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7.5 gauge derailment issues

Geochurchi

Registered
Hi All, we just installed new wheels,axles,bearing on a powered truck, problem is we are having derailment issues at various locations along the track, curves or straight section, never had the problem before, any thoughts would be greatly appreciated
Geo
 

FWurth

One Millionth Post
Last Subscription Date
07/29/2019
Could be any number of things. Only happening since wheel change points to it was something just changed. Not enough flange height? Maybe the truck suspension is now too stiff to allow wheels to keep in contact with the rail? New wheel sets less tolerant of old flaws in track, OK, maybe just address those track issues? Good Luck
 

pegasuspinto

Registered
Are the wheels in gauge? Is the truck 'out of square'? Is one driver slipping on the axle causing asymmetrical loading? Does the truck derail the same way every time? (Example, the trailing fireman's side wheel is always jumps over the rail?)
 

pegasuspinto

Registered
Roll the truck over, put a drop of paint on the flange on all 4 wheels, flip it and set it gently down on a flat surface so all 4 wheels hit at the same time and leave paint, and then pick it back up again and move it aside. Measure the paint front to back side to side and in an X, all the measurements should be in pairs and pretty much identical.

You might could just flip the truck end for end and reverse the motor wires, maybe it would never give you trouble if it goes the other way
 

Geochurchi

Registered
Hi, unfortunately we can’t flip the trucks easily because it is hydrostatic drive and the hoses won’t permit that, we will try and check for squareness at some point.
Geo
 

Geochurchi

Registered
Hi All, after taking many measurements and comparing old with new we believe the problem is the flange height, IBLS spec’s. NLT .0187 ours were .0115, vendor admits there was an error in machining and is replacing the wheels.
Let’s hope that was the problem.
Geo
 

dkamp

eMail NOT Working
The photo of gauge posted above, is incorrect... it illustrates the rails being close to the flanges, which is NOT the way the arrangement actually works. In trackway layout, the wheel/rail contact point in straight running places the rail contact point in the MIDDLE of the wheel. In a curve, one side will be CLOSER to the flange, the other will be CLOSER to the outer edge of the wheel. In a curve, the distance between rails is slightly greater. If it is NOT built this way, you WILL have flange contact, and derailment. Furthermore, the radius of the curve MUST be calculated, limited, and controlled.

When I was teaching classes on passenger train braking systems, I always included a half-hour segment on wheel/rail interface. Here's a condensed version:

Locomotives and railcars have a "steering wheel". Where is it?

It is at EVERY PLACE where the locomotive or railcar TOUCHES the rail. EVERY WHEEL is a 'STEERING WHEEL'.

What keeps the train ON the track? Invariably, students would answer "The flange".

No. The flange contacts the rail when wheel/rail interface geometry is incorrect. The wheel TAPER keeps the train ON the track.

Place a common Dixie cup on the desk, and give it a push. It doesn't roll straight... it rolls in a circle. Why? Because the top of the cup is substantially larger in diameter than the bottom.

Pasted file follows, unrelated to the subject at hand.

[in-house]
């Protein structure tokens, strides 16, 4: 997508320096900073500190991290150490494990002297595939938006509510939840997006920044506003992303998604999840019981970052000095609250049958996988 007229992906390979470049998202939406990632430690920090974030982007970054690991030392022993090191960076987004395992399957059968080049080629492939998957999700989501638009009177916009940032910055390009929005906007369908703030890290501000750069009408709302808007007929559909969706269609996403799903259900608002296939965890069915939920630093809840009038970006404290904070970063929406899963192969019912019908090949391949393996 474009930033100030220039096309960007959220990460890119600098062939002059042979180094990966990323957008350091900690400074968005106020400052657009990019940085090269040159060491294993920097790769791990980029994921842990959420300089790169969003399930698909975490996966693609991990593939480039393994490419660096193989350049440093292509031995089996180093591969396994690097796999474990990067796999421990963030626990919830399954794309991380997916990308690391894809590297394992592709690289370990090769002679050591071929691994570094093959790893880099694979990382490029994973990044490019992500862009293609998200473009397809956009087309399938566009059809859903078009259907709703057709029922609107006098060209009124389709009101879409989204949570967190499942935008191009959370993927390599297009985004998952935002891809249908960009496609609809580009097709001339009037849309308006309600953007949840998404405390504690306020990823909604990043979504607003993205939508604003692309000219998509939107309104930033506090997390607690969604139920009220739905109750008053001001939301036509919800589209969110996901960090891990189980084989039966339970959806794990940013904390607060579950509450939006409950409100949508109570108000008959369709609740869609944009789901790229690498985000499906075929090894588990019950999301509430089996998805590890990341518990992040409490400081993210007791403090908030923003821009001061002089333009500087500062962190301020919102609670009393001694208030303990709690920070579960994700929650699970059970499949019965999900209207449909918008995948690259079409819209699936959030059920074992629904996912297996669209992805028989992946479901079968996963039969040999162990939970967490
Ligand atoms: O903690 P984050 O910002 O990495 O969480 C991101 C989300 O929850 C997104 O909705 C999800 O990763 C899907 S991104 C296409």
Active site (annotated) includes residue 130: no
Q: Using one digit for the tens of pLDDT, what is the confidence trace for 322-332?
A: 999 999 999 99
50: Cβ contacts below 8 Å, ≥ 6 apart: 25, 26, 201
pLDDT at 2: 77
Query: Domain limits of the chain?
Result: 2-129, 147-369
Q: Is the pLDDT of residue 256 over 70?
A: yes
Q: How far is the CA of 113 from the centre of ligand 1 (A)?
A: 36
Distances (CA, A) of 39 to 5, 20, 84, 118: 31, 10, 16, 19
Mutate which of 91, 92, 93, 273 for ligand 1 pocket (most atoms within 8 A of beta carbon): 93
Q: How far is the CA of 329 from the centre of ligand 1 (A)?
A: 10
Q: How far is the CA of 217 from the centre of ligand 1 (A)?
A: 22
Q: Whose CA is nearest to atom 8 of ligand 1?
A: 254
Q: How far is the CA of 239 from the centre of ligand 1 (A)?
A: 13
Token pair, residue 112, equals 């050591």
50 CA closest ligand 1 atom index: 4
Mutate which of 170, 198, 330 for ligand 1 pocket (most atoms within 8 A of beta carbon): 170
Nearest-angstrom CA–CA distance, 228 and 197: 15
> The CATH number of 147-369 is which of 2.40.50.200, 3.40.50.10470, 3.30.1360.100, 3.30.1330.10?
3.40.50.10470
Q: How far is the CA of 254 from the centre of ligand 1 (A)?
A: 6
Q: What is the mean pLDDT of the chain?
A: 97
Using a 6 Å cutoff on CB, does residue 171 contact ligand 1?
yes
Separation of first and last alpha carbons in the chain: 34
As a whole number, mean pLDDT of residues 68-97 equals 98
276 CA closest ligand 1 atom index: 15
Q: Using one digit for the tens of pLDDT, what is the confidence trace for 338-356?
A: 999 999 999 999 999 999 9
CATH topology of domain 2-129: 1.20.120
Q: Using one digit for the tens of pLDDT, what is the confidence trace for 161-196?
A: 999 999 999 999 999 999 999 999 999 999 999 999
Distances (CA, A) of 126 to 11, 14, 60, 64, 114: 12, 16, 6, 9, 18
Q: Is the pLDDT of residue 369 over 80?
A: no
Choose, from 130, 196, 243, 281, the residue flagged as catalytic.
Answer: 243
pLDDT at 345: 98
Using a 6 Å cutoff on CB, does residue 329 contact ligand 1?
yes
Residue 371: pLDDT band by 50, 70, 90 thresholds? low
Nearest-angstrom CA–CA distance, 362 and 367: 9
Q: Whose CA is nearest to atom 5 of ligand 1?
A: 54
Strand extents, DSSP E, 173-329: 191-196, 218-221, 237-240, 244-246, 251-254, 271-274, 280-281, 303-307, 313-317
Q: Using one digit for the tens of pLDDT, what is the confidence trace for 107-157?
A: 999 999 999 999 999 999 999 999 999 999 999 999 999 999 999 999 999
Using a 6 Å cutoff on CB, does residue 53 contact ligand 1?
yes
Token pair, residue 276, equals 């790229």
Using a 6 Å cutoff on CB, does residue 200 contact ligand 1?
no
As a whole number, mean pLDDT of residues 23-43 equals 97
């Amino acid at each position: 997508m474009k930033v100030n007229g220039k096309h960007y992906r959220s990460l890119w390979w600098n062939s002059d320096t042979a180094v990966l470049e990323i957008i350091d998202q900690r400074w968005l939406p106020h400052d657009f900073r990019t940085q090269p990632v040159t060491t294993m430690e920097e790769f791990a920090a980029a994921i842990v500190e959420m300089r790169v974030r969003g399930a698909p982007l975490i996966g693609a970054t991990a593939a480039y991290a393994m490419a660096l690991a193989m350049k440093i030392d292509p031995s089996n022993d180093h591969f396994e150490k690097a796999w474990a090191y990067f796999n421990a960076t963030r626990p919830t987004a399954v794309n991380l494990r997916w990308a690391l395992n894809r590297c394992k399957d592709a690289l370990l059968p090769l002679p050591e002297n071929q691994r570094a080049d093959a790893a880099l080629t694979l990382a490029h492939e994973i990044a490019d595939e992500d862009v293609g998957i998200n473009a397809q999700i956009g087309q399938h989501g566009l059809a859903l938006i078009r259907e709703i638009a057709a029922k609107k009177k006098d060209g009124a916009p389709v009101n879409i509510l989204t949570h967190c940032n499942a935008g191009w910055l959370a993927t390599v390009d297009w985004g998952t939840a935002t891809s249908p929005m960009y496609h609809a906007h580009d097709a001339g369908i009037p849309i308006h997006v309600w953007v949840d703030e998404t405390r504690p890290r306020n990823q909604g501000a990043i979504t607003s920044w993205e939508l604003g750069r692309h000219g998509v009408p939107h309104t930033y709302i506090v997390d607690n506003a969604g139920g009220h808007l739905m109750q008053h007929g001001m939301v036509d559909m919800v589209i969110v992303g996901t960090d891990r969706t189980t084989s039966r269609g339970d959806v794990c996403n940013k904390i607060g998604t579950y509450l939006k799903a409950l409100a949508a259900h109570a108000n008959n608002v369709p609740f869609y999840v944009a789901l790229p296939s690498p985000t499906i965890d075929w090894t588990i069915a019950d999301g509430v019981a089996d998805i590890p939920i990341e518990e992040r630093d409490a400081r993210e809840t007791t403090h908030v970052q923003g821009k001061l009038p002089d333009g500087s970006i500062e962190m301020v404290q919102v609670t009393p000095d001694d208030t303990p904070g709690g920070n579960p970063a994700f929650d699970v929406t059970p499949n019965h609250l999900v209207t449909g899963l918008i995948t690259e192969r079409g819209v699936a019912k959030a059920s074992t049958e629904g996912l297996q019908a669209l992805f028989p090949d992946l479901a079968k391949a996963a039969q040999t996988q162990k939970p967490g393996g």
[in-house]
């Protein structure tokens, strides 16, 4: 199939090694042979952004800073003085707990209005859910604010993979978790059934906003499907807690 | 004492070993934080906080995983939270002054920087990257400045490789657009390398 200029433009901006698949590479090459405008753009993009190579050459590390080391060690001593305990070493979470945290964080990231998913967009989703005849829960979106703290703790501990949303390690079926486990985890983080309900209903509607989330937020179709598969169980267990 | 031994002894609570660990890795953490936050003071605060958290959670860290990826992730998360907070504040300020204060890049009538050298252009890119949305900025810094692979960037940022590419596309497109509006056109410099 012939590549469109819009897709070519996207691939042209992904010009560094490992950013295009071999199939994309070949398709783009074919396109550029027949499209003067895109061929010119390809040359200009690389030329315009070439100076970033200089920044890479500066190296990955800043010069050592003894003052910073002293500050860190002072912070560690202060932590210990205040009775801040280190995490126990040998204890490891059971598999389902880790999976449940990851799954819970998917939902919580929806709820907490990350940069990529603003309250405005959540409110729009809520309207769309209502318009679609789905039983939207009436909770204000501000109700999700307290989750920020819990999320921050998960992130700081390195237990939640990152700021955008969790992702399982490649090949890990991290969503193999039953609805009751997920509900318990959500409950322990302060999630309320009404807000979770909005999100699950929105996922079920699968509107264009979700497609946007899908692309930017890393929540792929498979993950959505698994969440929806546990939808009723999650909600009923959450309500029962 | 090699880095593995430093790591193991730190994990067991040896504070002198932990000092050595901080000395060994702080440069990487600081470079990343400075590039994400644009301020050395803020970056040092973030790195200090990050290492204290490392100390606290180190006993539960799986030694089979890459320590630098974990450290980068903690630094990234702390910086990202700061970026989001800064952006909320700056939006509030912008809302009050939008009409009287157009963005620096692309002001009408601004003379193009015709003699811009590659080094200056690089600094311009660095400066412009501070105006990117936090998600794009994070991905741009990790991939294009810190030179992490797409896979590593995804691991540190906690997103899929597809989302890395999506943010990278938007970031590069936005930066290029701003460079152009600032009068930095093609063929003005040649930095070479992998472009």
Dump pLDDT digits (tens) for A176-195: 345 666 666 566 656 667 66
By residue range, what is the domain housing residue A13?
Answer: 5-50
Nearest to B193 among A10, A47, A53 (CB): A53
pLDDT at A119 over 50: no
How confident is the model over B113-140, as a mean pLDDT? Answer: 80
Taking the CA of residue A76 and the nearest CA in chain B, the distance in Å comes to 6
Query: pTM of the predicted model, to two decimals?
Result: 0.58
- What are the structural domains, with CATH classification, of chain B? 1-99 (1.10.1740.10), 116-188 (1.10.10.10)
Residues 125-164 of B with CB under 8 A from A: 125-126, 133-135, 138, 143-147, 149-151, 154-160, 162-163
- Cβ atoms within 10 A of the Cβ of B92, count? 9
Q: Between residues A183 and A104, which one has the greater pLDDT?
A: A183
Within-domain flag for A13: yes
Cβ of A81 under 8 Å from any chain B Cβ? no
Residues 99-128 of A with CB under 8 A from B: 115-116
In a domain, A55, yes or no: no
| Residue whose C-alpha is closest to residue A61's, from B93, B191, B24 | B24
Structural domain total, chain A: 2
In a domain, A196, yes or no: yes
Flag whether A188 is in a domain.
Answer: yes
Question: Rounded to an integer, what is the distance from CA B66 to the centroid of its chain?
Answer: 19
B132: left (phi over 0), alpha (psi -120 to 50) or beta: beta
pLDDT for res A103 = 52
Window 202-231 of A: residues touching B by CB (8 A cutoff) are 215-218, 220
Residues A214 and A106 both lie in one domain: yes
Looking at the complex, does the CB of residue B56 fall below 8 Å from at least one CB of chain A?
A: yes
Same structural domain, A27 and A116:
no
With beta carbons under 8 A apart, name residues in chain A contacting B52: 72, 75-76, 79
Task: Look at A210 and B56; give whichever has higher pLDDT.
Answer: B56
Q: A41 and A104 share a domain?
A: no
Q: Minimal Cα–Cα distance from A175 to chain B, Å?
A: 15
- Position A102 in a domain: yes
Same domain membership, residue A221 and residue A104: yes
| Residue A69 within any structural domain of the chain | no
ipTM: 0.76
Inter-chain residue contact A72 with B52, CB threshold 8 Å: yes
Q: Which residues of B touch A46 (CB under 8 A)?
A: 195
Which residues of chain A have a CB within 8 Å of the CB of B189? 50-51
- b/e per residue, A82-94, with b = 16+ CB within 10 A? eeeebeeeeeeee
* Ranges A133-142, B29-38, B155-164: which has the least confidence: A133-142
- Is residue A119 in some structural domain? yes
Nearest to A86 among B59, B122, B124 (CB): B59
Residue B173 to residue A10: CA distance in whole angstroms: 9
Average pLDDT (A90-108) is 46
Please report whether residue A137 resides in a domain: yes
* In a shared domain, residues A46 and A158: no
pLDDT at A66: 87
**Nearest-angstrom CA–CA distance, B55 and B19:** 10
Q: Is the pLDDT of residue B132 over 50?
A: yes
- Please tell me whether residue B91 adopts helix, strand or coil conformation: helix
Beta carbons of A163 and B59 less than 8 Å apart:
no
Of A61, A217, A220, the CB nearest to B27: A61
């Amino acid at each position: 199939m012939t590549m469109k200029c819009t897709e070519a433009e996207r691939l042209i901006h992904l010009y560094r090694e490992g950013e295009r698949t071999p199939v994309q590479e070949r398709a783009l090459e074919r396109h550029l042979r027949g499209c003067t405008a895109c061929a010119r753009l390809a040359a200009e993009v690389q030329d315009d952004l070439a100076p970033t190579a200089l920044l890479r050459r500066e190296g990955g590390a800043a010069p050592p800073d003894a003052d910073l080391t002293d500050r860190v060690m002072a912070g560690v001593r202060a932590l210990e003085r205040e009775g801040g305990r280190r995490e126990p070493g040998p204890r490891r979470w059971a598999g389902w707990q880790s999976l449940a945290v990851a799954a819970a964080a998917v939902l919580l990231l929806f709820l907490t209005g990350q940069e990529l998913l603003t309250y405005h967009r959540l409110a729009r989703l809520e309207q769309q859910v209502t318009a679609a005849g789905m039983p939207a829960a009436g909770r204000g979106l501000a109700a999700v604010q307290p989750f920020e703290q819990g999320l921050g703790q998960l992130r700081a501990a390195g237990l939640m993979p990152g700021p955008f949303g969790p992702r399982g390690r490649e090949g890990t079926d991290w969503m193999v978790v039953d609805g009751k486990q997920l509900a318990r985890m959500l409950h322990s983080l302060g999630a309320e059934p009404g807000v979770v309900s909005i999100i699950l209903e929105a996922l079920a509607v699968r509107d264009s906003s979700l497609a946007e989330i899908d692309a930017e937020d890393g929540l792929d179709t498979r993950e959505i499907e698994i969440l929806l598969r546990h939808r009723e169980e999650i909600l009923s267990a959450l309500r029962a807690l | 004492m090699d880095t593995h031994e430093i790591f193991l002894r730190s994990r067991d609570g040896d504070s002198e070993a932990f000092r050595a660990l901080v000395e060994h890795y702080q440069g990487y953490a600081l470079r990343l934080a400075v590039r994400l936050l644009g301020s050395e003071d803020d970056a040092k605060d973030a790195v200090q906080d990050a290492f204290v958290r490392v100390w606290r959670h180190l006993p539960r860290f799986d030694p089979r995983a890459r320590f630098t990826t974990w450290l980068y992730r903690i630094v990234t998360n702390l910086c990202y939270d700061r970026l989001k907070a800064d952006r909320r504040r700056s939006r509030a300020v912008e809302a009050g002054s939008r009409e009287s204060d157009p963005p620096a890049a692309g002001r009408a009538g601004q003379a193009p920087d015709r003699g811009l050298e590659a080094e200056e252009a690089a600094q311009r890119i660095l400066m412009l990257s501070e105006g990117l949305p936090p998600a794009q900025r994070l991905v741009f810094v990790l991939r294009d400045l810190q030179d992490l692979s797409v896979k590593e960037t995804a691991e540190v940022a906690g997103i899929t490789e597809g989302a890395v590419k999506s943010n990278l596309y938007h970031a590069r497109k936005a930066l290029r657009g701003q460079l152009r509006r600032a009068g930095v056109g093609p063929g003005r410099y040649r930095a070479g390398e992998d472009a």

Imagine two cups, with wide edges forward, stuck on a shaft, and sitting on two rails. Roll the cups down the rails, and it will stay centered. Simpletons would say it stays centered because it's weight draws it to center, and while there's some truth to that concept, it is NOT the reason why the axle/wheel assembly stays centered- it stays centered because it STEERS towards center.

Place the axle off-center, and one cup will attempt to roll on a large circumference, while the other will be forced to roll on the SMALL circumference. Since they're on a common shaft, it is the equivalent of the cup rolling all on it's own- it will 'steer' itself until the wheels are rolling on EXACTLY THE SAME CIRCUMFERENCE.

That means, if you want the axle to be able to negotiate a tighter turn, the taper of the wheel (from flange to outer) MUST be steeper.

A steeper wheel face profile equates to a 'quicker' steering action of a railcar axle because the difference of circumference between the right and left wheel is higher, with LESSER deflection than a 'flatter' profile. The 'gotcha' is that A wheelset with totally flat profile will bang flanges and derail. A wheelset with TOO AGGRESSIVE of a wheel face profile will tend to 'hunt' at certain speeds relative to the railcar's center of gravity, and distance between axles on a bogey.

While they may identify that there's an issue with the flange height, the REAL problem is that your trackway geometry is not compatible with your wheelset taper and flange spacing.
 

b7100

Subscriber
Last Subscription Date
07/10/2019
(Not a train person) and above explaination is excellent but as far as getting things square can the assembly be set up on a milling machine table and checked with a dial indicator? Also I assume all 4 corners have to have the weight somewhat evenly distributed. If there is no suspension??? Then a flat surface (like a surface plate) and maybe some feeler gauges might be a way to check that. Then as mentioned check the flange angle. So feel free to correct me on any of this. That is what this forum is about - to learn.
 

Geochurchi

Registered
After much time and effort an all-volunteer squad found many problems with the track, roadbed and have corrected most everything, we have picked up a volunteer who is quite familiar with this stuff.
Geo
 
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